Taking up themes of exile and expatriation, the Louisiana over the summer is presenting a number of exceptional international artists, whose work speaks directly to our conflict-ridden times. Hailing from countries as diverse as Iran, Iraq, Nigeria, Algeria and Kosovo, the artists work from their own stories and experiences, which they examine and treat in art that is both topical and timeless, universal and highly personal.
Homeless Souls brings together a dozen artistic voices from countries around the world for a conversation about exile as a political and existential reality. Presenting both personal and collective stories, the exhibition adds new perspectives to subjects like exile, demarcation, citizenship, cross-border movements, secret journeys and identity.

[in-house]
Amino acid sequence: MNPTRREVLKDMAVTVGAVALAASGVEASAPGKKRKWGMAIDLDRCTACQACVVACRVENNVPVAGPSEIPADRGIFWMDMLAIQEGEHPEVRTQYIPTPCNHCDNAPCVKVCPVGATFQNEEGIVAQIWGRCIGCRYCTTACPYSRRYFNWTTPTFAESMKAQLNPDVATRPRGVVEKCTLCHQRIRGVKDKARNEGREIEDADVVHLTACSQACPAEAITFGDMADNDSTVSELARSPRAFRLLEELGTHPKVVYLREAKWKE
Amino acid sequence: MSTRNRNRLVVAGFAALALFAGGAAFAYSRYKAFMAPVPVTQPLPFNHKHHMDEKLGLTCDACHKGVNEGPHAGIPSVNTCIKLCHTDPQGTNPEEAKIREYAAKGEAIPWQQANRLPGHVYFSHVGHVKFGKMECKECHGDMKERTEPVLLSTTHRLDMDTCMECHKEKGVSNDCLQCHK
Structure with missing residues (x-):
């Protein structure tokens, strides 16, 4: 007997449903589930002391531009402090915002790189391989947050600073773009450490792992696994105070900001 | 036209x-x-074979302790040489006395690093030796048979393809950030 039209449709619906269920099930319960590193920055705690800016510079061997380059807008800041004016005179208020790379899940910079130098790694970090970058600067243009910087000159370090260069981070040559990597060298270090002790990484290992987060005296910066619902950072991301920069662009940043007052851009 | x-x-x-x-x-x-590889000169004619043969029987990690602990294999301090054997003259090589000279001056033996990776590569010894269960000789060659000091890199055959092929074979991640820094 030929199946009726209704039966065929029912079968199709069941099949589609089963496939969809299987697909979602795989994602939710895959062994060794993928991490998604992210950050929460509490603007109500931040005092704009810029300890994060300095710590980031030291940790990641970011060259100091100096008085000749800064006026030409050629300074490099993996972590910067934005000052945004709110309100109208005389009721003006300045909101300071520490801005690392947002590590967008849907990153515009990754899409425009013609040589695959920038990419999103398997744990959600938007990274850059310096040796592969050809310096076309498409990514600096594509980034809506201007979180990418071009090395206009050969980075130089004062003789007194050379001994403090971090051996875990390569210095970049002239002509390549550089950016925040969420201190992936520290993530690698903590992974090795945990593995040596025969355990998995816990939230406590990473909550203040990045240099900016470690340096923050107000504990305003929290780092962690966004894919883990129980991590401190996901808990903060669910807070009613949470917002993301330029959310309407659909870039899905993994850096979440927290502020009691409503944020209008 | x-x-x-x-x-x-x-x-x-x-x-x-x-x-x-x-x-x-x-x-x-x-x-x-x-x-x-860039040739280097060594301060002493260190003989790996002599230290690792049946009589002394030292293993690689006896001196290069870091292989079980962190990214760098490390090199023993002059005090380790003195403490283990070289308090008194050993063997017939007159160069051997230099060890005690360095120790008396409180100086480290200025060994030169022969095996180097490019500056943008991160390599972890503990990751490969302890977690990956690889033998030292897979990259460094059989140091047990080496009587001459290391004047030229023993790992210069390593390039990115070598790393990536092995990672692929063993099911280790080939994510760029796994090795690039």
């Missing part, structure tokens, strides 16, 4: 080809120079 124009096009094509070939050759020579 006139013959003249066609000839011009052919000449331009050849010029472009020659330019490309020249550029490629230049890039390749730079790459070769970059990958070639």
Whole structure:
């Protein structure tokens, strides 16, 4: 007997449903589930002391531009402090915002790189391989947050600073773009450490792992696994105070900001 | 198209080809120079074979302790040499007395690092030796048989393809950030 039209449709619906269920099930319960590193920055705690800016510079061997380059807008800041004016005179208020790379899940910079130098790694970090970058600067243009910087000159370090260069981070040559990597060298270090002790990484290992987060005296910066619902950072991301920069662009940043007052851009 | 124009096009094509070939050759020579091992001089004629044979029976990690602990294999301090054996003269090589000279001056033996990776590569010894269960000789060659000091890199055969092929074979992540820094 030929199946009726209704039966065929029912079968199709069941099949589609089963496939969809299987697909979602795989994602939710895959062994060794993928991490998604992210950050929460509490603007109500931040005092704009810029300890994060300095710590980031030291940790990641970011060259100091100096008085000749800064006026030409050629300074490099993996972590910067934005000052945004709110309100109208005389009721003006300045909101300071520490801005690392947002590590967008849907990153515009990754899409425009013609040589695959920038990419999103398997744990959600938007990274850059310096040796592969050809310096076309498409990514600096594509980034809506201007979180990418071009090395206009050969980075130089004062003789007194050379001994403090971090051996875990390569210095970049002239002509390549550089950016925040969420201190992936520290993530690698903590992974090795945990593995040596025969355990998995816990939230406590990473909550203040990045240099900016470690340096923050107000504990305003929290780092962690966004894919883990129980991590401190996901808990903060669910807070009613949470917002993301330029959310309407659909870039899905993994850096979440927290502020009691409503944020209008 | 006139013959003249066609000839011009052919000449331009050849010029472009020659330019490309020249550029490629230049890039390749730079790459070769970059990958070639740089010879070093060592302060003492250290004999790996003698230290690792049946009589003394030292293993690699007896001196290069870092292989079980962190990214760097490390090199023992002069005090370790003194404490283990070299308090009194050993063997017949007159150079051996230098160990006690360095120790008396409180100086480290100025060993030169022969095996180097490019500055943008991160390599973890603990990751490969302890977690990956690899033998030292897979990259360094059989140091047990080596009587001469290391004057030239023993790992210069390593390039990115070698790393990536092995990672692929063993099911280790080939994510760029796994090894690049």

What all the artists in this exhibition have in common is that they experiment with new visual strategies, poetic effects and artistic devices to take us closer to exile as a lived reality. In turn, they also point to art’s ability to provide new and different images of a reality that is brought to us daily through photojournalism and the media.
The media and devices in this exhibition range far and wide — from experimental documentaries to sculpture, painting and installation art. Meanwhile, across media and individual voices, the artists share a common cause: to use art as a space for examining and sharing historical events and personal traumas.
As with all important art, the specificity of their work becomes a jumping-off point for universal recognitions. The artworks in Homeless Souls not only reflect the present day, they also touch on themes that point both ahead and back in time, connecting us to periods, places and destinies that are not our own.
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